We LOVE Riot Grrrl Kathleen Hanna’s Opinion On Pop Stars And Feminism


We have so much love for singer and Riot Grrrl revolutionary Kathleen Hanna. For those not so familiar with her music in Bikini Kill, Le Tigre or The Julie Ruin, we urge you to watch ‘The Punk Singer’ documentary on Netflix, it is one of the most important films explaining the explosion of feminism through music in the 1990s, and how it gave a voice to a whole generation of girls who didn’t feel like they fit in in mainstream culture.

The Riot Grrrl movement was so instrumental that it’s not uncommon to hear musicians and artists today talk about how it influenced their creativity and passion.

And just because it happened in the 1990s doesn’t mean it is over, by the way. We are seeing a new and intense wave of feminism happening in the mainstream buoyed by the internet and social media. What is also helping the cause of feminism in this age are the steady stream of celebrity spokespeople.

Being a celebrity today means a custom built platform of influence, and for certain celebs who use that for positive messages, it is a very powerful thing.

In a recent interview with Rolling Stone magazine, Kathleen Hanna and Bikini Kill bandmate Kathi Wilcox talked about the legacy of Riot Grrrl, and shared her opinion on the pop stars of today.

“I definitely think feminism is more relevant than ever, and riot grrrl was an offshoot of feminism that was independent, punk rock, DIY. But I don’t like the idea of it being fetishized or historicized in a way that leaves out the flaws. I don’t like the idea of having the same mistakes repeated,” said Kathleen on feminism today.


The Rolling Stone journalist then asked the two their opinion on the feminists of today such as Beyonce and Taylor Swift who are not only UBER popular in mainstream (the opposite of the Riot Grrrl movement) but also speak loudly and proudly of the need for gender equality and feminism.

We should point out that this question seems a little like baiting. It’s certainly an issue we have with the way the media portrays women, it’s as if they are looking for a way to divide them. We should’ve reached a point in our society where we understand there is not just one definition of feminism, nor is there only one archetype. Instead of trying to pit women and feminists against each other, it should be more about support, which is why we loved the answer Kathleen gave Rolling Stone.

“It’s totally amazing. I remember back in the Nineties being like, ‘We’re being commodified’ so I understand people being like, ‘We don’t want feminism to become this fashion that has nothing behind it.’ But I’m not really worried about that. When somebody that’s a huge megastar that has so many young fans, like Taylor Swift or Miley Cyrus or Beyoncé, comes out and says, ‘I’m a feminist,’ I mean, that’s the sound of hundreds of thousands of girls typing the word into the Internet,” she explains. YES girl!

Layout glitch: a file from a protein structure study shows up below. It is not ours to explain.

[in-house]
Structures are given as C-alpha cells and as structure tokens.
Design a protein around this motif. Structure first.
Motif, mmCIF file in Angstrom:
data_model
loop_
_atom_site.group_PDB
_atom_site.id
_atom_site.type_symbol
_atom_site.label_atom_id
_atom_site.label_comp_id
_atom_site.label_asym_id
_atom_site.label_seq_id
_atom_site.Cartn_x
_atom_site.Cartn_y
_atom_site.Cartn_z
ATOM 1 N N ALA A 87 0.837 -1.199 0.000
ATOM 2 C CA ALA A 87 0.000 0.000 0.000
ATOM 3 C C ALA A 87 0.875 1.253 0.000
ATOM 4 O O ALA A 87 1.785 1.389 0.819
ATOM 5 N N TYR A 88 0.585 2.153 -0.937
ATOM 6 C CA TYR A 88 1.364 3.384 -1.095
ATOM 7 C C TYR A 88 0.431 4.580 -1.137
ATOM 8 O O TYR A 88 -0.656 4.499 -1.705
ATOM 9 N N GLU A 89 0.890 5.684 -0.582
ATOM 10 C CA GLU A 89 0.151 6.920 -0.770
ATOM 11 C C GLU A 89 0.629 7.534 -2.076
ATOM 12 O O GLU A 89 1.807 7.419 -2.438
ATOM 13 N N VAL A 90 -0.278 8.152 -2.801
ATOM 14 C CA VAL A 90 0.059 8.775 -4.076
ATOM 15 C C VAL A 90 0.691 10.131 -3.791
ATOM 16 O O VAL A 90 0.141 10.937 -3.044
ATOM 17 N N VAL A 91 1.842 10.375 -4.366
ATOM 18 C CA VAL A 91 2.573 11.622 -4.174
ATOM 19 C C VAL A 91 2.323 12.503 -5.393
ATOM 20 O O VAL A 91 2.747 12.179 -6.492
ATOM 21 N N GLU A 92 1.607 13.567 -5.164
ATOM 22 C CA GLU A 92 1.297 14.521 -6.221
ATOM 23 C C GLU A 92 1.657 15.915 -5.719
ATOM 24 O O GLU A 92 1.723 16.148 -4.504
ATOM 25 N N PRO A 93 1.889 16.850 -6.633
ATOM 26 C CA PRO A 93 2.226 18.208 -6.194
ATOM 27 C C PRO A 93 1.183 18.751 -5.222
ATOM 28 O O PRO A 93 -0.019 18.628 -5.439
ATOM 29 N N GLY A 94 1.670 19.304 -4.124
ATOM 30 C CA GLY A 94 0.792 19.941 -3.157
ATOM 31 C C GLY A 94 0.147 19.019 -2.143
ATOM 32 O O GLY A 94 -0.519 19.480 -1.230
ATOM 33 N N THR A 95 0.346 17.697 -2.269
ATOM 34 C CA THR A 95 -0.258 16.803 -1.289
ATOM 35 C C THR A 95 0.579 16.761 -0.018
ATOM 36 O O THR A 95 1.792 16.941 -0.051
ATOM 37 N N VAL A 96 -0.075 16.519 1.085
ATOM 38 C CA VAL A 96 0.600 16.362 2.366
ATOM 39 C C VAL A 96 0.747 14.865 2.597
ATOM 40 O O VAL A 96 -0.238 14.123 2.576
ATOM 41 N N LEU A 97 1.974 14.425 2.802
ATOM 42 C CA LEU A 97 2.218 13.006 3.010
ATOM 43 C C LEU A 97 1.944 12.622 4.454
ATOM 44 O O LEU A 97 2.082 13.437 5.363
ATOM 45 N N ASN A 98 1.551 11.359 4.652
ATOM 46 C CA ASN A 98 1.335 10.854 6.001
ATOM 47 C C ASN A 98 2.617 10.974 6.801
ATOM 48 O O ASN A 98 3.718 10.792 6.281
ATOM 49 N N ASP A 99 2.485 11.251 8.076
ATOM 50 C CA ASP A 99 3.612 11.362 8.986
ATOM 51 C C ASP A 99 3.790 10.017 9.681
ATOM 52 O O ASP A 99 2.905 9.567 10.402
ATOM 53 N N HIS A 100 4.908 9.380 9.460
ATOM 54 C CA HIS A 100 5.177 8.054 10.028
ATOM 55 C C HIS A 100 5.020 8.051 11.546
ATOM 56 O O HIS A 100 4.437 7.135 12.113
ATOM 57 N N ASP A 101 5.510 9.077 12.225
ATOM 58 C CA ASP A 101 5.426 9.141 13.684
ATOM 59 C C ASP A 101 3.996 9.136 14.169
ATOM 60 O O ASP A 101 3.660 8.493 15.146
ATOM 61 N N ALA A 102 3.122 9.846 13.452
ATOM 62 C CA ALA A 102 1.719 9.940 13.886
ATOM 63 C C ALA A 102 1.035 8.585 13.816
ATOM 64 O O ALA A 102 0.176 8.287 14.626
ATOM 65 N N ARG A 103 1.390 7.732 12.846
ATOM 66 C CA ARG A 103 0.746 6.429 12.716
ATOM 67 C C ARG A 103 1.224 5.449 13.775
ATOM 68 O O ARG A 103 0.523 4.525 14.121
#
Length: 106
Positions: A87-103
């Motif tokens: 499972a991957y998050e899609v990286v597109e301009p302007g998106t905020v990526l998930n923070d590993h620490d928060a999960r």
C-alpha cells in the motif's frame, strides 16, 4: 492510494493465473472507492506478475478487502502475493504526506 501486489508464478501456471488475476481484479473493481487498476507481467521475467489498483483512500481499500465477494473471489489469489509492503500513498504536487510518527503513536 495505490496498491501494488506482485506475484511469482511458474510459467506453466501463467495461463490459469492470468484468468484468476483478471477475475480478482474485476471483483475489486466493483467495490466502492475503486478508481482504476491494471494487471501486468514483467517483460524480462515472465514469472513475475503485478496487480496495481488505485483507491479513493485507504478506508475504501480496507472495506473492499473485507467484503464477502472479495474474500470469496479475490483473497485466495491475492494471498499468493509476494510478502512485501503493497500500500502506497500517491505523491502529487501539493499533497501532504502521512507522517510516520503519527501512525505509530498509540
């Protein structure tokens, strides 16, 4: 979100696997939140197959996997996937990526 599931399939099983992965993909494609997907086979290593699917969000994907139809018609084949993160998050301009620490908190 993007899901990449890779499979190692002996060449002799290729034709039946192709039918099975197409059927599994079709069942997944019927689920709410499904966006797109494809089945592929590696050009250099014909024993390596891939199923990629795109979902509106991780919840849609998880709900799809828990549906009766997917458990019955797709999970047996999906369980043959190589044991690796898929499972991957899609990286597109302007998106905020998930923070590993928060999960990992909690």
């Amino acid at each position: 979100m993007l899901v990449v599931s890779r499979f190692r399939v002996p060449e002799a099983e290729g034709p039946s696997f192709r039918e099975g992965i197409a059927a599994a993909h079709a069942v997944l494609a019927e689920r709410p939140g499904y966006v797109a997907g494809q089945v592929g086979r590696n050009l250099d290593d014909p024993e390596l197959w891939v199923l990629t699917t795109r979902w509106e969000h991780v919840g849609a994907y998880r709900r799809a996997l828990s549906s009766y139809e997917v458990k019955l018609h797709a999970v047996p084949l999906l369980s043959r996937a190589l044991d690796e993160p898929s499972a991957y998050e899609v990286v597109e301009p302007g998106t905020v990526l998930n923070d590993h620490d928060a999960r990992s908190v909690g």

“I found punk through this late-night TV show called ‘Night Flight’ that was on in the Eighties. I wasn’t in a punk-rock scene; I listened to Lynryd Skynryd and stuff, so the way I found punk was through the mainstream. And just because they’re pop stars doesn’t mean they’re not human beings, you know? They’re using their notoriety to do something, and that’s awesome,” she continued.

People like Beyonce and especially Miley Cyrus, have often been considered controversial figures, and because of their elevated platform, everything they say and do is open to scrutiny from all angles. This is something Kathleen Hanna is familiar with, as she explained in an interview with SPIN magazine in 2013.

“We put ourselves out to be criticized, and I hope that people criticized things that I said, because it’s all about the exchange. Again, it’s not about being perfect, it’s about opening the conversation,” she said.

Thank you Kathleen for being an instrument of continuity and understanding, rather than division! We need to see more feminists band together advocating the different ways the movement has helped different groups of people. Intersectionality has become a huge part of modern feminism, and it is important we respect all versions of it.





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